#1…Time To Go Again(Albuquerque, New Mexico, USA…) It’s that time again. Time to go on the journey that wraps it all up and closes out the last chapter of the long story that seemingly never ends. This time though, it will. It’s summer. Hottest time of the year in the northern hemisphere. While most people at home are planning on how to get to Yellowstone or the Grand Canyon or just grandma’s somewhere along the way, I have chosen to go see what most others would never choose to even look at. Iraq. Where all hell has broken loose. Seems I have to go see for myself one more time. I owe it to all those that died in the “sandbox”. And besides, as far as I know, no one else is over there telling us what is or isn’t happening. Seems to have my name written all over it. Just one more time. I spent a fair bit of the last decade in Iraq. I started off as a contractor working on flight lines in 2004 and ended up as an embedded journalist travelling the country on my own dime in 2007. It would take too long to explain how I made that happen but suffice it to say that this time, the “big boys” in charge aren’t offering me any way to get to and from point A to point B. I am forced to go it alone on my own dime as usual and feel the pulse of the situation from the very lowest of ground levels ever. Not since my early days being a war correspondent nearly 30-years-ago travelling around El Salvador, have I had to do such a thing. The doors to making it easy for an independent journalist to observe what the situation is going on in Iraq at this time are all but shut. That in itself tells me something. What that something is, is yet to found out. It is apparently no secret that things in Iraq have not gone well for the past year, probably even longer. Those of us who were in places such as Mosul, Ramadi, the western border region; never thought a rapid fall as to the likes of what we’ve seen take place recently, would have ever transpired. Especially Mosul. I spent a lot of time in Mosul up in Nineveh province in 2007, as well as all over Anbar province in places like Ramadi and Fallujah. Some of the folks I travelled with at the time gave their lives for “the cause”. Many others I know were injured, some severely. I remember loading up lots of wounded onto medevacs and unloading body-bags off of helicopters that contained remains of Americans killed in action. Now, years later, the ground that blood was spilt so heavily for, is lost. CONTINUE..
JimSpiri”THE LAST LAP”
The latest journey - called, "The Last Lap" - IRAQ, 2015
Jim Spiri is now on the journey called, "The Last Lap". He is on his own among the local people in Iraq reporting in the same fashion as those before him in previous wars, such as Ernie Pyle and Joe Galloway. The photos are of Jim Spiri in 1988 in El Salvador and 27 years later as he left for Iraq from Albuquerque. Follow the true and ground level journey in Iraq during the most volatile time in the country's history by visiting Jim Spiri . com often. Jim is the only American journalist doing such at thing at this time. No others are willing to tell the story that needs to be told
Jim Spiri in El Salvador in 1988
Jim Spiri leaving Albuquerque for Iraq in 2015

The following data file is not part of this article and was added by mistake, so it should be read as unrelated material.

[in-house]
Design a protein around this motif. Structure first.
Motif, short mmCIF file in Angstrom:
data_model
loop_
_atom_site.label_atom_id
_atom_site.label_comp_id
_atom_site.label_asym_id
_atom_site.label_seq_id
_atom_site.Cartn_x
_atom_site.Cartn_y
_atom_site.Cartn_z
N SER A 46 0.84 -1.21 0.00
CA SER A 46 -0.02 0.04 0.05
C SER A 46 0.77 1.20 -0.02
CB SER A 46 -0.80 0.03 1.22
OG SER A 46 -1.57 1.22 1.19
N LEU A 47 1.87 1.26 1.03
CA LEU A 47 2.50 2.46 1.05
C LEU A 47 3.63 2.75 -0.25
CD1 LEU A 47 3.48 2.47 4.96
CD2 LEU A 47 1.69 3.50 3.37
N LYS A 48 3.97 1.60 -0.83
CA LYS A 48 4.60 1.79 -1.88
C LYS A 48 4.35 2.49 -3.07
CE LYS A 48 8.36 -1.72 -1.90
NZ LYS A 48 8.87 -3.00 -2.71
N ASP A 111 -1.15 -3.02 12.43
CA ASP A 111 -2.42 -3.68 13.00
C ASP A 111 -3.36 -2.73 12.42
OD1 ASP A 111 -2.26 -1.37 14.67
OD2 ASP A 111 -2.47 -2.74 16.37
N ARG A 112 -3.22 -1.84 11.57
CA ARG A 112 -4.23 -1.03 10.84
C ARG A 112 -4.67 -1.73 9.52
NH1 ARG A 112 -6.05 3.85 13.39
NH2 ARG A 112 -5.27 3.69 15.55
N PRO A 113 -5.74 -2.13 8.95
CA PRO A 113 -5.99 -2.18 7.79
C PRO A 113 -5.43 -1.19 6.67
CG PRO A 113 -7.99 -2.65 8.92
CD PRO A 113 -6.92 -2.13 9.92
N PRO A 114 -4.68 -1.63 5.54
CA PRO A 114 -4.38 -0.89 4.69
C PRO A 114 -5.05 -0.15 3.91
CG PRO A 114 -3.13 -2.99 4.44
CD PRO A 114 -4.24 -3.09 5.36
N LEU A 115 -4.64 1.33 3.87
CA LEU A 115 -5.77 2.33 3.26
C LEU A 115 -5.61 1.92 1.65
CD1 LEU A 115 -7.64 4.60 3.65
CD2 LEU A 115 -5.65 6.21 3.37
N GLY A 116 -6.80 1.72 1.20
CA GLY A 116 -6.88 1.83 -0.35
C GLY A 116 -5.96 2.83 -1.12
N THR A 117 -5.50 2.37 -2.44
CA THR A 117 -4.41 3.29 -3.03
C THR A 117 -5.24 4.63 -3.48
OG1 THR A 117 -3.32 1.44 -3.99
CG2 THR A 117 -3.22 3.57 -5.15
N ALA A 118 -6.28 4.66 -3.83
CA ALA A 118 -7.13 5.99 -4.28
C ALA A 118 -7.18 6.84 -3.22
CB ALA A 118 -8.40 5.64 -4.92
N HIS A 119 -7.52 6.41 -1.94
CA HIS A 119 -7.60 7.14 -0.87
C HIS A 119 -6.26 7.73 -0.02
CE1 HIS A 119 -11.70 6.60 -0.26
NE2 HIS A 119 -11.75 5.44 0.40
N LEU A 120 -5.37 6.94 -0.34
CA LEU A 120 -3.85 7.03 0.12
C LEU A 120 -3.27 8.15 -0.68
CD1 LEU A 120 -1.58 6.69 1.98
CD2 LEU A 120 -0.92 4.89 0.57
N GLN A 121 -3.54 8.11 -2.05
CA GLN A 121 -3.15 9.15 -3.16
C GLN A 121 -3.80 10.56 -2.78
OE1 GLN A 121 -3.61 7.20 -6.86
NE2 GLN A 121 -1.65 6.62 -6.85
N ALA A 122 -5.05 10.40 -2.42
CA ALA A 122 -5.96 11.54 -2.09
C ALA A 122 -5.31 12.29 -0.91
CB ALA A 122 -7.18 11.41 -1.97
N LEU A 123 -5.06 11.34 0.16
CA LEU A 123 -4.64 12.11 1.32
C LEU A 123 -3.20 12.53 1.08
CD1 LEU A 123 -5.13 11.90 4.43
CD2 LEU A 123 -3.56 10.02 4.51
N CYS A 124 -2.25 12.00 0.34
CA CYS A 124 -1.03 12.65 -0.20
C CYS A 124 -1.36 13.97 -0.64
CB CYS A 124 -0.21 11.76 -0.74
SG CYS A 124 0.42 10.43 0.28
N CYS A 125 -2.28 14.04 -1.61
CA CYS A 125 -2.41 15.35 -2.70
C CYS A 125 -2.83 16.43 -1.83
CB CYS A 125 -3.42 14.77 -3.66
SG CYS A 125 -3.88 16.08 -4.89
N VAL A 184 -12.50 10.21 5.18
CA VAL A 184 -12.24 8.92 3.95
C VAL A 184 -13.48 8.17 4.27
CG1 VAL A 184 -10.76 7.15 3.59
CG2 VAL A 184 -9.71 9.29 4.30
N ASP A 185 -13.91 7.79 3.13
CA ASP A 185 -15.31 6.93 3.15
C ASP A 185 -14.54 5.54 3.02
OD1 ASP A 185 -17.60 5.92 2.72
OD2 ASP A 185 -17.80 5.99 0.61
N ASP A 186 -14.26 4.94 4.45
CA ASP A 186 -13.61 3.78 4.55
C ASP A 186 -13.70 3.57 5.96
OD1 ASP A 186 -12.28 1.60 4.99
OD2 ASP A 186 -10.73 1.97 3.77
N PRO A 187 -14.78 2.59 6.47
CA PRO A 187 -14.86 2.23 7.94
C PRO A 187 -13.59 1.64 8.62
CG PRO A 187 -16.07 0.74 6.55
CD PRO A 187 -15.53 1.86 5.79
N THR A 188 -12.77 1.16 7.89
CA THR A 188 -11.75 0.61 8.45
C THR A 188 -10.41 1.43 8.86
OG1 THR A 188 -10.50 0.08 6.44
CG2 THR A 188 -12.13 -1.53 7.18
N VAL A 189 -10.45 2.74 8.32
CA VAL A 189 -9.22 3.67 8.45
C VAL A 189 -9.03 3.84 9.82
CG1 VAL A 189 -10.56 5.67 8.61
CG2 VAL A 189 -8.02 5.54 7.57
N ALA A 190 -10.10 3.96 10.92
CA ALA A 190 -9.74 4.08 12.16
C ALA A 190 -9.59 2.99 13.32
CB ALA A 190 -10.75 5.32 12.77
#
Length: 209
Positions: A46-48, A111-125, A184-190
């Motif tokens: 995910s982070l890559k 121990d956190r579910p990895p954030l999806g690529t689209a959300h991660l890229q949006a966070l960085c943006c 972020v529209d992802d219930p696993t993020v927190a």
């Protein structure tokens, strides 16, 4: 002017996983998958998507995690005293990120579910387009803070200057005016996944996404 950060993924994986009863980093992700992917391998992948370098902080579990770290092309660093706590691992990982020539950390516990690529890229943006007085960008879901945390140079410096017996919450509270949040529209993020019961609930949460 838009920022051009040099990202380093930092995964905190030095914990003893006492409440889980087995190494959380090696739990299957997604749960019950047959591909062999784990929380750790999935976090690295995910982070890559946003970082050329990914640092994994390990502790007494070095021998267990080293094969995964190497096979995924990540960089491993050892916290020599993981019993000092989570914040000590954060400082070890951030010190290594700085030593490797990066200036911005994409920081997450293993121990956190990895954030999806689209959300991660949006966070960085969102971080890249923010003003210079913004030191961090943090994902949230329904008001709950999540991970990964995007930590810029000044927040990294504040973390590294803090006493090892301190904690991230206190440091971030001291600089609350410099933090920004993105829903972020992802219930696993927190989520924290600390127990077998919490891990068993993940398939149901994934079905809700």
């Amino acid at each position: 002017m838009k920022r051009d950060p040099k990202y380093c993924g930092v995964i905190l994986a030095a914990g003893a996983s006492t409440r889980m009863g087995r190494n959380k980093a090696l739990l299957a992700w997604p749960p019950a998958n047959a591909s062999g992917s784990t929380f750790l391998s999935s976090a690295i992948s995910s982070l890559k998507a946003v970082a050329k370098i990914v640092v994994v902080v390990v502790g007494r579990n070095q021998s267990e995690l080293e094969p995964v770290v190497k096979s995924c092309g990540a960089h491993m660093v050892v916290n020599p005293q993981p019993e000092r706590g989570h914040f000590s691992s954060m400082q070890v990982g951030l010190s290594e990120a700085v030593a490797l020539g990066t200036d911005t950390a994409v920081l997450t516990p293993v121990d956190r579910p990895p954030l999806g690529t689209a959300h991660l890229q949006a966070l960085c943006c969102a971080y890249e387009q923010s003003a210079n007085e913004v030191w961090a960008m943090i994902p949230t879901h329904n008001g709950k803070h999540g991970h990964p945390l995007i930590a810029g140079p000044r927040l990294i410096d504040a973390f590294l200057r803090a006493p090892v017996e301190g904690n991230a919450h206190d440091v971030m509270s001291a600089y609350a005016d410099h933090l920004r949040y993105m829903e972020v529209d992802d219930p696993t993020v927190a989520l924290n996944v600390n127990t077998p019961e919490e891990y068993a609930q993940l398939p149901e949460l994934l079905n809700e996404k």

Right now, something is about to happen and I have had this gut feeling that no one is over there telling us what’s happening. Why no one is there is beyond my understanding but from my own experience, the “gag-order” seems to be well in place. This is of some concern to me. I have no agenda, I just can’t figure out why all the best of the best among war correspondents are not saying a thing about what’s going on and no one is over there to my knowledge trying so desperately to “get the story out” as so many have done in the past. Maybe, just maybe this one is different. We’ll see. As for the audience(s) back home, we’ve been told that it’s really, really bad and no one seems to go any further than that. I’ve been following some reports for the last year concerning Iraq and no doubt, it’s been a bloodbath in some places. What concerns me is this….what exactly is the plan once again and who exactly is coordinating this plan this time? These are questions that all the “career journalists” were asking back in 2003 when the invasion happened which was at that time called, “Gulf War II”. No one seemed to ask such questions when “Gulf War I” was in place. We just bought into the whole idea that Iraq invaded Kuwait and we went in and kicked ass in 100-hours. Then came the events known as: “9/11”. Everything changed on that date. Then came weapons of mass destruction which resulted in the March 2003 invasion of Iraq. Then came the next six years of OIF, (Operation Iraqi Freedom). And by the way, 4000 plus American military lives lost not to mention the loss of civilian contractors who were not readily counted among the lives lost. And then of course there was this man back in 2003 named L. Paul Bremmer, who at the time was one of America’s highest ranking diplomats who single handedly orchestrated the way supposedly forward for the conquered Iraq. I’ve always thought that Bremmer is perhaps the most responsible for the current chaotic situation we have going on all over Iraq at this very moment. Funny to me how someone like that has nothing to say about what is going on right now. It’s always hard to own up to serious blunders. Bremmer ought to be dropped off in the middle of Anbar province and told, “go fix it Paul”. After the elections of 2008, the current folks in charge of foreign policy, made it a point to close the door on Iraq no matter what the cost. It seems that politics always gets in the way of doing the right thing. This is what happens when people are more concerned with their legacy rather than what’s really going on. Then, 2012 rolled along and the door was closing rapidly on Iraq. I was astounded that particular places with huge flight lines were abandoned by US military. Yes, I am aware that there are still some folks stationed in what is supposed to be strategic locations but how on earth Mosul fell is beyond my understanding. I also am shocked that Ramadi fell and nothing was done to really remedy the situation, as of yet. In the mean time, positions are being taken, heads literally are rolling, ground is being fought over and no one back home has a clue what’s really going on. And, then there is the matter of the Iraqi people. They have suffered extensively throughout this entire process or what some call a “grandiose debacle”. It should be noted that some members of the New Mexico National Guard are currently in close proximity relatively speaking, to where I am about to go. Prior to my departure I have inquired on several occasions as to the possibility of “hooking up” with them and reporting accordingly. I have done this before and have explained to all those up the chain of command that this is not my first rodeo. So far, no one in positions of authority has accommodated my requests. Therefore, I must do what I always do…adapt, improvise and above all…overcome. So, that brings me to what I am doing now. I am leaving New Mexico in the heart of the summer to go to the land we called, Mesopotamia in our history books but have come to now know as Iraq. There are some people on the ground in Iraq, locals, that I’ve befriended over a decade ago that I’ve said I would come and tell their story to the small world that listens to me. It is hotter than hell over there this time of year and I’m not nearly as young as I was ten years ago. I have titled this journey, “The Last Lap”. In my youth, I was a distance runner. In the autumn I ran cross country and in the spring I ran the two mile. The training in the autumn kept me shape for the competition in the spring. In the two mile there were 8-laps. Almost 30-years-ago, at the age of 32, I began the first lap by going to El Salvador and seeing what there was to see and telling what there was to be told from the ground level. Now, it’s the last lap. I’m 59 and holding and getting ready to see what I have left in me to finish the race at hand. Once again the “observatorianist” presses on and gives it all he’s got for the audience to see/hear. I am at this time, walking out the door headed to parts unknown and seeing what’s left in the reserve tank so those that have already given their all may rest in peace. Welcome to, “The Last Lap” a report from the ground in Iraq.